This sport is no walk in the park. During each training session, we would devote all our time and energy for it. In fact, each training session will generally last for 3 hours. During this period, we would be given a period of 5 minutes to rest before returning to practice.

Image Credit: Brad Lee

It is not a cheap sport either. You will require water sports attire, water resistant footwear, a life jacket, a personal handcrafted wooden paddle, and plenty of sunblock. This is all addition to the monthly fee to the organisation itself. All in, it could cost more than RM400 to start off with.

Still, I would choose this sport any day.

Image Credit: Lee Kah Fai

One thing this sport has taught me is that it requires full commitment. Every time I paddle or train, it gives me an adrenaline rush that is unlike any other. That is exactly why I believe that it would eventually be more common to hear of dragon boating in Klang Valley itself. I believe it won’t be long before this sport gain more attraction and more will begin signing up not just as a member, but to compete as well.

Image Credit: Philip Khoo

Most importantly, this sport has given me lifelong friends that I would gladly call family.

Feature Image Credit: Penang International Dragon Boat Race

 
 
Also Read
M’sians Can Shop Up To 90% Off At This Japanese-Inspired Outlet Mall!

Mitsui Outlet Park, a Japanese-inspired outlet concept shopping mall in Sepang will be having a massive Christmas 2017 grand sale of up to 90% off.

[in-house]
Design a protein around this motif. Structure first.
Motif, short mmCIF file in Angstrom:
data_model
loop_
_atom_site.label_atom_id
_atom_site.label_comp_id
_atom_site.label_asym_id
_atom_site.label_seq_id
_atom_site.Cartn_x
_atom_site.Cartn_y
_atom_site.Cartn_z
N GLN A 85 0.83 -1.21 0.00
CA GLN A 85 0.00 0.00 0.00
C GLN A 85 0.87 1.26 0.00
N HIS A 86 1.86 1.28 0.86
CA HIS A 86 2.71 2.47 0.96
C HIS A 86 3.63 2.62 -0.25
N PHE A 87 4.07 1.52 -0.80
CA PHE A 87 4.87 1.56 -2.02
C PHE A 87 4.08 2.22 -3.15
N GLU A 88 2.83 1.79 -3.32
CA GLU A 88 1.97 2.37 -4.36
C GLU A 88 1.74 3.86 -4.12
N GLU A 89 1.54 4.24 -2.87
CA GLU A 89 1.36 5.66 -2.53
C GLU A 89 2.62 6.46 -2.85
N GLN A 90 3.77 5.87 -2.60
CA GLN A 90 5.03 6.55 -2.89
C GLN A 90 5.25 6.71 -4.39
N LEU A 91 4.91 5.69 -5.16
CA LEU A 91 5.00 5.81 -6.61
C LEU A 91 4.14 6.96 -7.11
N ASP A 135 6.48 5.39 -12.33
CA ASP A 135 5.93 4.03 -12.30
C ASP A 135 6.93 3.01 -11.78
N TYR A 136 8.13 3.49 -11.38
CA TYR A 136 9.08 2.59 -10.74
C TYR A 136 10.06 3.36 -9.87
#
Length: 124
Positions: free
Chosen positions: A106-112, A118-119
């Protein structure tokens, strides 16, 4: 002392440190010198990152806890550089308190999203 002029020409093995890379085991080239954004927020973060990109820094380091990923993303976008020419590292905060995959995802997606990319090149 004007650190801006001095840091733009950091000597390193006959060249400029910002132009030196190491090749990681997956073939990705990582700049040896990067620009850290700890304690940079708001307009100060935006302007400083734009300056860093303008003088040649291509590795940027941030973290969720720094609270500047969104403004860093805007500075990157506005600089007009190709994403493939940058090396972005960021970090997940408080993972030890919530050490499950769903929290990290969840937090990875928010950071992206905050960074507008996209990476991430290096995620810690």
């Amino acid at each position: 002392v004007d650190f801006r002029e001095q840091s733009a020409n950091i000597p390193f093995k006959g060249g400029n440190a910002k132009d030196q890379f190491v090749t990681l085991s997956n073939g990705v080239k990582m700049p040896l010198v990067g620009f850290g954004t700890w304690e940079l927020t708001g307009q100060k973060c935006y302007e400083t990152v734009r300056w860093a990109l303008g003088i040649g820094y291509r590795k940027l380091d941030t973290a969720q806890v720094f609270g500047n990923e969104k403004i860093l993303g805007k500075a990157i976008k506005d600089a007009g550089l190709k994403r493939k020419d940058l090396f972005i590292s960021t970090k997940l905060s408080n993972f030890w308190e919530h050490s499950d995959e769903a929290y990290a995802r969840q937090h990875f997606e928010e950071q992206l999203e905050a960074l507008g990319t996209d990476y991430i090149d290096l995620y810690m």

This PJ Mall Has A Legit Surf Simulator So We Can Learn To Ride The Big Waves

FlowRider 1 Utama Shopping Mall is a surf simulator in Petaling Jaya where surfers and surf enthusiasts can learn the sport of surfing.

Sk8ter Bois (And Girls!), Here’re 8 Places You Can Sk8 At In Malaysia

Malaysian skateboarding spots for skateboarders looking for skateboarding parks in Kuala Lumpur, Klang Valley and Sarawak.

Male Ballet Dancers On The Harsh Reality Of Being A Man In A Female-Dominated Sport

Male ballet dancers in Malaysia share what it's like being a male ballet dancer in a tough and strict female-dominated sport like ballet.

8 Breathtaking Waterfalls In Selangor You’d Gladly Put Your Hiking Shoes On For

Beautiful waterfalls in Selangor like Batangsi Waterfall, Bukit Saga Waterfall, Kanching Waterfall, Serendah Waterfall and Sungai Tekala Waterfall.

This Is The First Indoor Skiing & Snowboarding Training Centre In Malaysia

First Traxx is the first indoor ski and snowboard infinity slope training centre in Malaysia as well as the first ski, snowboard storage and repair centre.

This Inflatable Obstacle Course Race In Cyberjaya Looks Just Like The Set Of Wipeout!

The world's largest inflatable 5k obstacle course race arrives in Cyberjaya, Malaysia on December 9 and it resembles a Wipeout obstacle course race.

This KL Spa Lets Us Experience Zero Gravity While Floating In An Epsom Salt-Filled Pod

ZeroGravity Float Centre, Plaza Damas Kuala Lumpur, is a floating centre in KL where we can experience floating therapy, while floating in epsom salt pods.